Regarding your questions about law enforcement checking up on pregnant women, it's just nothing more than scare tactics. The reality is that making abortion illegal will not change anything regarding a pregnant woman's privacy. Police must have reasonable cause before they accuse someone of a crime or investigate them. If there's no reasonable cause to suspect that a pregnant woman's miscarriage was intentional, then she won't be investigated. That's how the state of law enforcement works now.
Also, if a woman leaves the state to perform an illegal activity where it is legal, the law has no grounds on arresting her for it (just like, due to our ex post facto laws, if abortion were made illegal, no women who had abortions while it was legal would be tried for their abortions).
So needless to say, most of your questions are not grounded in reality. I'm not trying to be rude, I'm just being honest.
There's no need for silence on your question about abortion prohibition. I would assume it will revert back to how it was before abortion was legalized across the country with Roe v. Wade. If a woman is discovered to have had an abortion, she would be granted immunity if she gives up the name of the abortion provider she saw.
I think the tides are turning, that people are seeing how much of a horror abortion truly is. Slavery was legal for a long time before it was finally abolished. In addition, abortion was illegal in this country for much longer than it has been legal.
Women have many different reasons for rejecting child bearing. But a right to privacy does not give someone the right to commit murder. I'm sure you would agree that spousal and child abuse should not be allowed, even in the privacy of the home?
The thing that I dislike about science fiction scenarios is that they distort reality and thus distort often one's moral judgments. For instance, Thomson could have changed her scenario even more by saying that the act of opening one's window is intrinsically linked to the creation of people seeds and to the entry of these people seeds into your house or wherever.
The problem, though, is that then she'd have to justify why opening the window would be intrinisically linked to the creation of people seeds. The problem with science fiction scenarios is that they don't test our real-world intuitions because they create a new world in which intuitions may be completely different from the world in which we live now.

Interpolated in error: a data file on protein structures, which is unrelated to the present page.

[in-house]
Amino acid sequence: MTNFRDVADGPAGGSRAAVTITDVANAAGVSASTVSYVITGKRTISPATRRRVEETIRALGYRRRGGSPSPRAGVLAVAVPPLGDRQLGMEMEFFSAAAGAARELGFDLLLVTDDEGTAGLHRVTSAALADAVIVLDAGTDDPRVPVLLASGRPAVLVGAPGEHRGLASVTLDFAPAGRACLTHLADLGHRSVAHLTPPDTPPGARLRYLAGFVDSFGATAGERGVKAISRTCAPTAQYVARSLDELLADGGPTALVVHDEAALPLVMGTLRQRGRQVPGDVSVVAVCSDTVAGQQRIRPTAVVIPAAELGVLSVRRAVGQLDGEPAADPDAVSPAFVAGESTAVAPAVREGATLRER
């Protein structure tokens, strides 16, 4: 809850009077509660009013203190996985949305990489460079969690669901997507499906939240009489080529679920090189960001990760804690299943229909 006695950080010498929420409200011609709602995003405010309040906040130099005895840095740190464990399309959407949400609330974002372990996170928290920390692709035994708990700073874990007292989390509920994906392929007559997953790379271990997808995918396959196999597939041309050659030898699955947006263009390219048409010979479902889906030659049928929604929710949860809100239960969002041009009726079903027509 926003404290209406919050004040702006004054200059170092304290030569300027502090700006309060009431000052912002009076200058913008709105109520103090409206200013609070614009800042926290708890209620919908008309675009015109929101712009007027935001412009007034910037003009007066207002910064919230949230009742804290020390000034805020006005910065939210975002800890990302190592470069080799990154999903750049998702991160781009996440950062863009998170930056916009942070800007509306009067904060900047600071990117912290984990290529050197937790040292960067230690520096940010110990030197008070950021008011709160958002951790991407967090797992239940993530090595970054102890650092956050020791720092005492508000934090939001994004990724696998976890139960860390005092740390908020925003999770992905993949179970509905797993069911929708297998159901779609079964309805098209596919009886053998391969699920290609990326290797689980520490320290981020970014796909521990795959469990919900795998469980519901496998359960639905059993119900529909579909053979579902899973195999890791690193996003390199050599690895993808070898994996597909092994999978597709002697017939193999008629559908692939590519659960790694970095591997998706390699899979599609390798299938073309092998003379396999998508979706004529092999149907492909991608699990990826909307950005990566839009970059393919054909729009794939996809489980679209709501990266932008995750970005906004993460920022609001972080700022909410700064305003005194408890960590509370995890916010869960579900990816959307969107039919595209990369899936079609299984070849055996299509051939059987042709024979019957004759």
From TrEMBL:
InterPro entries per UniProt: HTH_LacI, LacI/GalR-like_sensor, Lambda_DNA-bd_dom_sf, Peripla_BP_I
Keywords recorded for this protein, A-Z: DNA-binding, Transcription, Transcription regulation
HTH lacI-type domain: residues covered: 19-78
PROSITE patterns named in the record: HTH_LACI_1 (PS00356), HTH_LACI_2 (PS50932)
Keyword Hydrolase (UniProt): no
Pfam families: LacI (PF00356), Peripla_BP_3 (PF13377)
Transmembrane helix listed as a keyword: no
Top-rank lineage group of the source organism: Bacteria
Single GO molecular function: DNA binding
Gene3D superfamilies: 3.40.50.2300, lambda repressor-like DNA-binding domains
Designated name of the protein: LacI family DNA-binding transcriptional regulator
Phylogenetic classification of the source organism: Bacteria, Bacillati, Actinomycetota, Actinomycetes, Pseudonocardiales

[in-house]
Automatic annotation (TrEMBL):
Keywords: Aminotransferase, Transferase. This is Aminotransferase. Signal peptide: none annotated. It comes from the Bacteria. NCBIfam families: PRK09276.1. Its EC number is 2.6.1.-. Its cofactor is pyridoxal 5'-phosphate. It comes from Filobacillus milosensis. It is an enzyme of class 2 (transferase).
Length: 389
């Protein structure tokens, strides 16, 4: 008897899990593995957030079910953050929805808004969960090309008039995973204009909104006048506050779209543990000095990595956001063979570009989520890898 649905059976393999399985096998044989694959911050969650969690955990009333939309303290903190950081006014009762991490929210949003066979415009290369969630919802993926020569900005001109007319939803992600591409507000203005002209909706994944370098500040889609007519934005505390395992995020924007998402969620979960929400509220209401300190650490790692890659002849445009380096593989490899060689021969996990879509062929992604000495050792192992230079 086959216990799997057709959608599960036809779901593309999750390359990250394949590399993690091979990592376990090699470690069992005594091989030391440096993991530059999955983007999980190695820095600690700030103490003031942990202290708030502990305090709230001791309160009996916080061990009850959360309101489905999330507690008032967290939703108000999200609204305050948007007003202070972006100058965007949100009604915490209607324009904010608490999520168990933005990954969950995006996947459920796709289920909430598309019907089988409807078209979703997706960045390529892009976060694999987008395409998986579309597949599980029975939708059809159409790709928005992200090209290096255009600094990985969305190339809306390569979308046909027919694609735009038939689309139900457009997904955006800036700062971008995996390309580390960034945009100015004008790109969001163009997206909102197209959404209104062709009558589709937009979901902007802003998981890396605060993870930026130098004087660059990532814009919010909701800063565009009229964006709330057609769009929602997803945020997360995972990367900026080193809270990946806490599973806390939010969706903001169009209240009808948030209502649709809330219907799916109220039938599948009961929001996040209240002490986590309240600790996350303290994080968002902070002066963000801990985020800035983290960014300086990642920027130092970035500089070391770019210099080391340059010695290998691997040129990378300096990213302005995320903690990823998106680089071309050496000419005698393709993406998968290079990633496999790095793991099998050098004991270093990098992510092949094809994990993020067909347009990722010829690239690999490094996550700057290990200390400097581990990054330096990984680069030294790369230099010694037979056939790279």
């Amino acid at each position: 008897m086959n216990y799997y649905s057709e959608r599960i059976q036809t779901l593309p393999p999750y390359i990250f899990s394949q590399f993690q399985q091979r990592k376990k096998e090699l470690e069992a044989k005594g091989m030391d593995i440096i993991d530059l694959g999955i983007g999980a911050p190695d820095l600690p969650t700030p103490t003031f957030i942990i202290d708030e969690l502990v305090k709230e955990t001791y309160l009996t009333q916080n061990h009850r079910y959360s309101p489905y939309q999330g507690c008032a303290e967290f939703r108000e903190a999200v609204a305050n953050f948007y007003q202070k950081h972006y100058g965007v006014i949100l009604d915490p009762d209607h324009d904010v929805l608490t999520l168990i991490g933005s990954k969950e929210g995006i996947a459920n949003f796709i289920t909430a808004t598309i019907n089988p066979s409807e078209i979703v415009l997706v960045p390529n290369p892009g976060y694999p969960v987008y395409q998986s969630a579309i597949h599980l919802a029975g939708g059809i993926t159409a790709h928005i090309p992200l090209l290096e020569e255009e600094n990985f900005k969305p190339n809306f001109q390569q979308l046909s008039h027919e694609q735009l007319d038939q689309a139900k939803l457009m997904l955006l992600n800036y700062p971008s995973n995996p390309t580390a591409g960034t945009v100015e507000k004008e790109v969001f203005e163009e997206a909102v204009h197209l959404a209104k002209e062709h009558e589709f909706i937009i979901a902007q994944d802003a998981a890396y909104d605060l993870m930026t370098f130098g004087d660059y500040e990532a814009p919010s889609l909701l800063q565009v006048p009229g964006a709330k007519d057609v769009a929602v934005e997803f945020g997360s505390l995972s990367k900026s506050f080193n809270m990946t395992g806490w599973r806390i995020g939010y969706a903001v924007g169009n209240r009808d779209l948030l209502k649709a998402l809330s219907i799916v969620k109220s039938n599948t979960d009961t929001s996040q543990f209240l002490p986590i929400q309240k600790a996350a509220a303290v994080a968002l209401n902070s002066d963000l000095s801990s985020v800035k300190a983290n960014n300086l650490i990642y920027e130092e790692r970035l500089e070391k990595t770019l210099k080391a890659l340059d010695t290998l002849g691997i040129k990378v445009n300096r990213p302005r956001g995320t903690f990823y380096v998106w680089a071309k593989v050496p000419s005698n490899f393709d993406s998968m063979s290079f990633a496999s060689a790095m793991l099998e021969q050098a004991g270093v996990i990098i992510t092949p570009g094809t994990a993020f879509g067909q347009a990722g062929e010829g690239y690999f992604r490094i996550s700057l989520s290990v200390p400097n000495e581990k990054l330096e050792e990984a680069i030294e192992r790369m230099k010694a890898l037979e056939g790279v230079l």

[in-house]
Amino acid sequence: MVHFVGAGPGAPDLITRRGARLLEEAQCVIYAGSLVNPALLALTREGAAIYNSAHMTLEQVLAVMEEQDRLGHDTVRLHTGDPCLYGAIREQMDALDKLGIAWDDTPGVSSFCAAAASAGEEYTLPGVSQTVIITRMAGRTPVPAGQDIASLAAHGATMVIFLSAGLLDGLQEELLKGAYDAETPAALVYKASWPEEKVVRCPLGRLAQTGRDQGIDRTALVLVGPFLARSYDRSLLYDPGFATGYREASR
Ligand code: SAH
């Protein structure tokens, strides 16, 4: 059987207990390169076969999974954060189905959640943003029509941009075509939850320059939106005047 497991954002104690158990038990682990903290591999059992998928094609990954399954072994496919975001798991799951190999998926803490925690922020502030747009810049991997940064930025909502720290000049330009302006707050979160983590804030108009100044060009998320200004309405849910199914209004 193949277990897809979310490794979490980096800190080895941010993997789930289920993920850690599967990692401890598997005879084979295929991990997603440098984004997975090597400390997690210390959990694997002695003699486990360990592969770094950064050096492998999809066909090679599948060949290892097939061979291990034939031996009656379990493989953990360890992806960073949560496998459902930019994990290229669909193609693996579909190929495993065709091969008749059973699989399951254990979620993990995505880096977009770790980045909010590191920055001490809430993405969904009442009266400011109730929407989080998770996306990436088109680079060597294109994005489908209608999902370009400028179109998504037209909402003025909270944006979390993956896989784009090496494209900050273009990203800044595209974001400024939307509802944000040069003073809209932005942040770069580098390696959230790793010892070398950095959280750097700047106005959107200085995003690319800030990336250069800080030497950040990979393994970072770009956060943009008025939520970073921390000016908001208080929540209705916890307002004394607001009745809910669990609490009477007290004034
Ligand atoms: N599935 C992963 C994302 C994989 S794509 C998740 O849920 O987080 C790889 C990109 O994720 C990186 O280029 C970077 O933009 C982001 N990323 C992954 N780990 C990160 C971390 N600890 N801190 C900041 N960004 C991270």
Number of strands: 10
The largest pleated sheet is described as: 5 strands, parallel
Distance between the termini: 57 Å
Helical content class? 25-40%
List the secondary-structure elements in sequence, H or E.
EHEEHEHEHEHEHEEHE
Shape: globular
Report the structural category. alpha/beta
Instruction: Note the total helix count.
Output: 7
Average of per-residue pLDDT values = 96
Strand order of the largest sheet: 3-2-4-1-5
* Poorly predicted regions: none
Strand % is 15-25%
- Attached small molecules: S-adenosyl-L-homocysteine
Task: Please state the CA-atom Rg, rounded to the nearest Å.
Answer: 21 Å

Abortion is a Constitutional issue not philosophical one.
made abortion illegal the police now have a mandate to protect children from
their own mothers. You also seem to forget abortion is an incredibly emotional
issue and given the abuse by the police forces in this country against illegal
drug use, women’s rights will be trampled on.
Law Could Give Death Penalty for Miscarriages Mother Jones **
Any miscarriage will be investigated in default, how would
you know if the miscarriage is legitimate or not unless you do investigate?
woman visits her doctor and finds she is 10 weeks pregnant. She drives to Nevada and gets an
abortion. She returns to Arizona
visits another doctor, the doctor pulls
her records and finds she was pregnant. The doctor contacts the authorities and
the woman is arrested for murder of her child.
But this is what you wanted; abortions are murder, women who
have abortions in other states will be tried for murder, if they return back to
would also add if Arizona did make abortion illegal it would take much effort
to simple extradite the woman from Nevada and face trial for murder in Arizona.
Most of my questions are grounded in reality, if you think